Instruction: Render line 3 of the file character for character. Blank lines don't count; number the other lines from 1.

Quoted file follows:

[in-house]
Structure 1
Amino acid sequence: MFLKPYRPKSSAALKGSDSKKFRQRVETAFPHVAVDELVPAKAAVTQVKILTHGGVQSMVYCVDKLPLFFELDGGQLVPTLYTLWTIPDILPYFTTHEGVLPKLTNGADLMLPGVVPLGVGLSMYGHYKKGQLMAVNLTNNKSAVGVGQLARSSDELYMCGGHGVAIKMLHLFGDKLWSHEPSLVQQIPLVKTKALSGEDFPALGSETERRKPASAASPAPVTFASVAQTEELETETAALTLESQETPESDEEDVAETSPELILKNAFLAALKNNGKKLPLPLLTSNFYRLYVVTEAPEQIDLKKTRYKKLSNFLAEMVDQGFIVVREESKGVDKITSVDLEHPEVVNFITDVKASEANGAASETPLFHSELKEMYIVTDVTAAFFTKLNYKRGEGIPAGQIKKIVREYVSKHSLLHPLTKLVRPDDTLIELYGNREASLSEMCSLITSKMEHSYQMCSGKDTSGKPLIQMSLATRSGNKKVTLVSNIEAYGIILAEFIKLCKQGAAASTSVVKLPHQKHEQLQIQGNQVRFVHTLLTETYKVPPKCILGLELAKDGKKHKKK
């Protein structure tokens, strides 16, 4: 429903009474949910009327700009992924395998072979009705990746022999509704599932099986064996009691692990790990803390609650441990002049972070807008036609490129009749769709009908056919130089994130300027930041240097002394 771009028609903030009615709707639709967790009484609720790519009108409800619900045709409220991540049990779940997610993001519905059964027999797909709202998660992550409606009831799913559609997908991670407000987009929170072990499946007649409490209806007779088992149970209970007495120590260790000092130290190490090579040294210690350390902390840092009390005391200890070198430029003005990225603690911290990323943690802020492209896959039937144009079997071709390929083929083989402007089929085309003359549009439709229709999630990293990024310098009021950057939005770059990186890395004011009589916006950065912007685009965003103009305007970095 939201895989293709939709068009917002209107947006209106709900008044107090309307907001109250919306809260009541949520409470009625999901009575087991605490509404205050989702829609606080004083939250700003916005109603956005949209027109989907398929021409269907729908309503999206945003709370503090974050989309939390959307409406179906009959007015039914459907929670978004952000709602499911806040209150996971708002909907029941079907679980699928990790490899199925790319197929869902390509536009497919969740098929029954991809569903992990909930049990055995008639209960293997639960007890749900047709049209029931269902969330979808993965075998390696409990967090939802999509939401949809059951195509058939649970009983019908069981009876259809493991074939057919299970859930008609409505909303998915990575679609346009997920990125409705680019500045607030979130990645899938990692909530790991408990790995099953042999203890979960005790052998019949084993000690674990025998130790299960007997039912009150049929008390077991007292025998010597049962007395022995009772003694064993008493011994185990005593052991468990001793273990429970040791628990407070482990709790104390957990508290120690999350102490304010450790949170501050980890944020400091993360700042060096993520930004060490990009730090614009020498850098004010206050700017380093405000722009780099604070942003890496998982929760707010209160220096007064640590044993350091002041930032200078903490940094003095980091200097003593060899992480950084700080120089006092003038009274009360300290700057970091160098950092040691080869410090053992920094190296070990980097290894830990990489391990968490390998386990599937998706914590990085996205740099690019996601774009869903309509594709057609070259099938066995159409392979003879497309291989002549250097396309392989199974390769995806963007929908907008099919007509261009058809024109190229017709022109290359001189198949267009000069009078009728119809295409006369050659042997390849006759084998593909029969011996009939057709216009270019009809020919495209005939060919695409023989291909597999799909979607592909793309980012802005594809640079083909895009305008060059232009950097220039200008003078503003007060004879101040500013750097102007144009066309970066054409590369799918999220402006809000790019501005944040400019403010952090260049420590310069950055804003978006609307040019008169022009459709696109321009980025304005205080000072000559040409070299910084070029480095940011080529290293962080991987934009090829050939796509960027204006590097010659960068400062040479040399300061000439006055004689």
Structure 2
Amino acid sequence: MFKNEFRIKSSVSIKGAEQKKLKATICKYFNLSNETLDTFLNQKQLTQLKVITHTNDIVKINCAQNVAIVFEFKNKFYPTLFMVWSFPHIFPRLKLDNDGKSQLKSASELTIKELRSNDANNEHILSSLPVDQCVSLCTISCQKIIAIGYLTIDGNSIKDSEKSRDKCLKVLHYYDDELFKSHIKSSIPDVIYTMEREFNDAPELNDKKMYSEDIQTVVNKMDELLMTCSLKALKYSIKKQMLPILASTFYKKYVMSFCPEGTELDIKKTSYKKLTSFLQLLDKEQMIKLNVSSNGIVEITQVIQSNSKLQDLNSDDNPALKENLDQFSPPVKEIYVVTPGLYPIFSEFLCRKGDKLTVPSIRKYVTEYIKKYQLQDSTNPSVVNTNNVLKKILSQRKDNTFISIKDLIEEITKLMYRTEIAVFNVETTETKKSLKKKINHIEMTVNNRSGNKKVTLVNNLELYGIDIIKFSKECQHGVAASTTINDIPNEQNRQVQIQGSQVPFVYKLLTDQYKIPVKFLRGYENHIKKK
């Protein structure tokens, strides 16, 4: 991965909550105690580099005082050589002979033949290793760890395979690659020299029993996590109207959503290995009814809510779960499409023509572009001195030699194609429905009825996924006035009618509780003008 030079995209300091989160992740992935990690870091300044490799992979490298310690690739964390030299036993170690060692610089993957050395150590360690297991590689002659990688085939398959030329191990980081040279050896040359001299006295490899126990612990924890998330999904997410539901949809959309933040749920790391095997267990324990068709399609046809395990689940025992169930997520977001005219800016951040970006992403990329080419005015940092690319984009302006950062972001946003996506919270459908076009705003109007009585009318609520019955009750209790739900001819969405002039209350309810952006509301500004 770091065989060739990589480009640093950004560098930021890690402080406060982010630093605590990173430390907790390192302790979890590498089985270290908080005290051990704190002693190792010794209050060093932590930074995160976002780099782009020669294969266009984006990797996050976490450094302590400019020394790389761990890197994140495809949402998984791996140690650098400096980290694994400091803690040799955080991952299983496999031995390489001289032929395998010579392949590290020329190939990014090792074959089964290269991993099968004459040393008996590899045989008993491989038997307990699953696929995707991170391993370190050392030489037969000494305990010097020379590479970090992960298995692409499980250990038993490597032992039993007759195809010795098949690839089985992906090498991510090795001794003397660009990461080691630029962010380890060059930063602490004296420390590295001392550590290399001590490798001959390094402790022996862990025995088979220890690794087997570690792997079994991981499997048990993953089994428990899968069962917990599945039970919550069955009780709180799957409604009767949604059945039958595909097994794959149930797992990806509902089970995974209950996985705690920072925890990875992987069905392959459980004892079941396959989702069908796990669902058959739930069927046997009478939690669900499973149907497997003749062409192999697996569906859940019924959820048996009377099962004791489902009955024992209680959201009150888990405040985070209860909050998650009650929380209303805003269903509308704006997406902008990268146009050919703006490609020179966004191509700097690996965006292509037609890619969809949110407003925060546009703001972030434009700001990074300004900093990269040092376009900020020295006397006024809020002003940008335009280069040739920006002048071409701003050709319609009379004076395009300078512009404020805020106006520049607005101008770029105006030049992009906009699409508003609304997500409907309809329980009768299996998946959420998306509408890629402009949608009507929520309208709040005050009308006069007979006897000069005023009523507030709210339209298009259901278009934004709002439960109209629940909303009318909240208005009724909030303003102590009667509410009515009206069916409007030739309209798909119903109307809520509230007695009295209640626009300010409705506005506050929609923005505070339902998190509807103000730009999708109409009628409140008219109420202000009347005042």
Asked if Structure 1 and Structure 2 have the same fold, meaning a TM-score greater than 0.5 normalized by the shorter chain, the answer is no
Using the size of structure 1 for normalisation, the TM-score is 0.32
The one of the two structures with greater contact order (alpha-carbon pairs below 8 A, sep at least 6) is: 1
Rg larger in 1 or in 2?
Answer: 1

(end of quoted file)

Amino acid sequence: MFLKPYRPKSSAALKGSDSKKFRQRVETAFPHVAVDELVPAKAAVTQVKILTHGGVQSMVYCVDKLPLFFELDGGQLVPTLYTLWTIPDILPYFTTHEGVLPKLTNGADLMLPGVVPLGVGLSMYGHYKKGQLMAVNLTNNKSAVGVGQLARSSDELYMCGGHGVAIKMLHLFGDKLWSHEPSLVQQIPLVKTKALSGEDFPALGSETERRKPASAASPAPVTFASVAQTEELETETAALTLESQETPESDEEDVAETSPELILKNAFLAALKNNGKKLPLPLLTSNFYRLYVVTEAPEQIDLKKTRYKKLSNFLAEMVDQGFIVVREESKGVDKITSVDLEHPEVVNFITDVKASEANGAASETPLFHSELKEMYIVTDVTAAFFTKLNYKRGEGIPAGQIKKIVREYVSKHSLLHPLTKLVRPDDTLIELYGNREASLSEMCSLITSKMEHSYQMCSGKDTSGKPLIQMSLATRSGNKKVTLVSNIEAYGIILAEFIKLCKQGAAASTSVVKLPHQKHEQLQIQGNQVRFVHTLLTETYKVPPKCILGLELAKDGKKHKKK